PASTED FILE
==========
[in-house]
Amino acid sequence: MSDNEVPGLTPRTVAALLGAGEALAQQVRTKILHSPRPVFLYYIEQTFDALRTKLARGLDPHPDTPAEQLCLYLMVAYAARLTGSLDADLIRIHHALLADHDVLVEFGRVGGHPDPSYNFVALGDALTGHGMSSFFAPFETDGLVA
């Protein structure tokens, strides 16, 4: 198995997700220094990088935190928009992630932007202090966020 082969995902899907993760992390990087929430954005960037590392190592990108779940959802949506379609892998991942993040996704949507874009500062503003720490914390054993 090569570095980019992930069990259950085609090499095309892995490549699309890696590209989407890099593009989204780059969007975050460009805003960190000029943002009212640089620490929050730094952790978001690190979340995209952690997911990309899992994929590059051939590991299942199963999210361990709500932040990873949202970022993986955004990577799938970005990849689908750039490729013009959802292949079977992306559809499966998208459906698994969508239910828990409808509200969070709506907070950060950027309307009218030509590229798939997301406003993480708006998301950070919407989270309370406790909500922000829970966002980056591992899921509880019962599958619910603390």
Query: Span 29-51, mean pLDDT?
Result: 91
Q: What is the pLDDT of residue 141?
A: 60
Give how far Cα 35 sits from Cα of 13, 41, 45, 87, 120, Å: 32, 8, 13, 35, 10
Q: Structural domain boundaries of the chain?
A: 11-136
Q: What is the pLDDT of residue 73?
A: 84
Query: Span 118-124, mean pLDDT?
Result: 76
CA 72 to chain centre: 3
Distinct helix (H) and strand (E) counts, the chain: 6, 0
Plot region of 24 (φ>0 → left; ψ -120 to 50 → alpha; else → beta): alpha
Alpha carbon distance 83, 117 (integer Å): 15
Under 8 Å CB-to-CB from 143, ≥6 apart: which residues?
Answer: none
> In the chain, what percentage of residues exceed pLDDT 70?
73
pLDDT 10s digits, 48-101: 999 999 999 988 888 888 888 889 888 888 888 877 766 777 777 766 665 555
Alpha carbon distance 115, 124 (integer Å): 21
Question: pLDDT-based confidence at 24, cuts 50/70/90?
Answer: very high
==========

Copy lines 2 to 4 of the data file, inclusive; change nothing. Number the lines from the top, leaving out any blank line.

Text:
Amino acid sequence: MSDNEVPGLTPRTVAALLGAGEALAQQVRTKILHSPRPVFLYYIEQTFDALRTKLARGLDPHPDTPAEQLCLYLMVAYAARLTGSLDADLIRIHHALLADHDVLVEFGRVGGHPDPSYNFVALGDALTGHGMSSFFAPFETDGLVA
């Protein structure tokens, strides 16, 4: 198995997700220094990088935190928009992630932007202090966020 082969995902899907993760992390990087929430954005960037590392190592990108779940959802949506379609892998991942993040996704949507874009500062503003720490914390054993 090569570095980019992930069990259950085609090499095309892995490549699309890696590209989407890099593009989204780059969007975050460009805003960190000029943002009212640089620490929050730094952790978001690190979340995209952690997911990309899992994929590059051939590991299942199963999210361990709500932040990873949202970022993986955004990577799938970005990849689908750039490729013009959802292949079977992306559809499966998208459906698994969508239910828990409808509200969070709506907070950060950027309307009218030509590229798939997301406003993480708006998301950070919407989270309370406790909500922000829970966002980056591992899921509880019962599958619910603390």
Query: Span 29-51, mean pLDDT?